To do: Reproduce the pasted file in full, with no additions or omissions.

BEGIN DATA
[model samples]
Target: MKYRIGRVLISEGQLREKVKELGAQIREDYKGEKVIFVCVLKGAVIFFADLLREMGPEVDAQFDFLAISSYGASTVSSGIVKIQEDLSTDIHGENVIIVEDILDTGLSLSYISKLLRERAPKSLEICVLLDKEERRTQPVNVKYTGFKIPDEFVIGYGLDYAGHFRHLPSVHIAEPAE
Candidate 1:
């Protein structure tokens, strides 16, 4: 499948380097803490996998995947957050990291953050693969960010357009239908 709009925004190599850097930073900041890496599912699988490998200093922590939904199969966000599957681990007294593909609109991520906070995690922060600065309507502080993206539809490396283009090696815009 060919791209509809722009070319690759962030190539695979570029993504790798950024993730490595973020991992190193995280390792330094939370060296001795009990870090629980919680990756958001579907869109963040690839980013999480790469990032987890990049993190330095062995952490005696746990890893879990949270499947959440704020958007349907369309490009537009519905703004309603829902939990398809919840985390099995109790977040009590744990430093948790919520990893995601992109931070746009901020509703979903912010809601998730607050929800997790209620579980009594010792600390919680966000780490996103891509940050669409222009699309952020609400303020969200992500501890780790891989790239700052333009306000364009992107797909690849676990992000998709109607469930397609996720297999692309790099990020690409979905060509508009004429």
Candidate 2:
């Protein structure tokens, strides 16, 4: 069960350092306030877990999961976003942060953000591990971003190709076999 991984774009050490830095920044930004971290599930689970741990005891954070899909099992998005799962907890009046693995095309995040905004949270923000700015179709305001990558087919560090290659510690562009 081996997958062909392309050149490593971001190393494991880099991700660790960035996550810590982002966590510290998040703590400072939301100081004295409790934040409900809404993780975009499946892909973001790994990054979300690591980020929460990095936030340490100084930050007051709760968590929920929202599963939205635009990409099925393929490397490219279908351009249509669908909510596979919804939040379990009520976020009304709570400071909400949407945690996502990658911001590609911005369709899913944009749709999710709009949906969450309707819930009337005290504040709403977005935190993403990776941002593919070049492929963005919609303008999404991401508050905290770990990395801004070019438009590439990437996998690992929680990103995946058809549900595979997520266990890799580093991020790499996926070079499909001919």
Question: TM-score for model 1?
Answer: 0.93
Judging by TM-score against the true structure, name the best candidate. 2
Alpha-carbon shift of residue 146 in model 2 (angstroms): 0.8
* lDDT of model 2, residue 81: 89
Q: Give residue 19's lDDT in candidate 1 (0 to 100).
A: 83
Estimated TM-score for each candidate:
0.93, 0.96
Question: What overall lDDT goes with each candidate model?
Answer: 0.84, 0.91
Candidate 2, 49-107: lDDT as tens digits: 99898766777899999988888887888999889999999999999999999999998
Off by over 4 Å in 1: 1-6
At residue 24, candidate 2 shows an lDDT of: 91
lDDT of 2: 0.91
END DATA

[model samples]
Target: MKYRIGRVLISEGQLREKVKELGAQIREDYKGEKVIFVCVLKGAVIFFADLLREMGPEVDAQFDFLAISSYGASTVSSGIVKIQEDLSTDIHGENVIIVEDILDTGLSLSYISKLLRERAPKSLEICVLLDKEERRTQPVNVKYTGFKIPDEFVIGYGLDYAGHFRHLPSVHIAEPAE
Candidate 1:
């Protein structure tokens, strides 16, 4: 499948380097803490996998995947957050990291953050693969960010357009239908 709009925004190599850097930073900041890496599912699988490998200093922590939904199969966000599957681990007294593909609109991520906070995690922060600065309507502080993206539809490396283009090696815009 060919791209509809722009070319690759962030190539695979570029993504790798950024993730490595973020991992190193995280390792330094939370060296001795009990870090629980919680990756958001579907869109963040690839980013999480790469990032987890990049993190330095062995952490005696746990890893879990949270499947959440704020958007349907369309490009537009519905703004309603829902939990398809919840985390099995109790977040009590744990430093948790919520990893995601992109931070746009901020509703979903912010809601998730607050929800997790209620579980009594010792600390919680966000780490996103891509940050669409222009699309952020609400303020969200992500501890780790891989790239700052333009306000364009992107797909690849676990992000998709109607469930397609996720297999692309790099990020690409979905060509508009004429």
Candidate 2:
């Protein structure tokens, strides 16, 4: 069960350092306030877990999961976003942060953000591990971003190709076999 991984774009050490830095920044930004971290599930689970741990005891954070899909099992998005799962907890009046693995095309995040905004949270923000700015179709305001990558087919560090290659510690562009 081996997958062909392309050149490593971001190393494991880099991700660790960035996550810590982002966590510290998040703590400072939301100081004295409790934040409900809404993780975009499946892909973001790994990054979300690591980020929460990095936030340490100084930050007051709760968590929920929202599963939205635009990409099925393929490397490219279908351009249509669908909510596979919804939040379990009520976020009304709570400071909400949407945690996502990658911001590609911005369709899913944009749709999710709009949906969450309707819930009337005290504040709403977005935190993403990776941002593919070049492929963005919609303008999404991401508050905290770990990395801004070019438009590439990437996998690992929680990103995946058809549900595979997520266990890799580093991020790499996926070079499909001919």
Question: TM-score for model 1?
Answer: 0.93
Judging by TM-score against the true structure, name the best candidate. 2
Alpha-carbon shift of residue 146 in model 2 (angstroms): 0.8
* lDDT of model 2, residue 81: 89
Q: Give residue 19's lDDT in candidate 1 (0 to 100).
A: 83
Estimated TM-score for each candidate:
0.93, 0.96
Question: What overall lDDT goes with each candidate model?
Answer: 0.84, 0.91
Candidate 2, 49-107: lDDT as tens digits: 99898766777899999988888887888999889999999999999999999999998
Off by over 4 Å in 1: 1-6
At residue 24, candidate 2 shows an lDDT of: 91
lDDT of 2: 0.91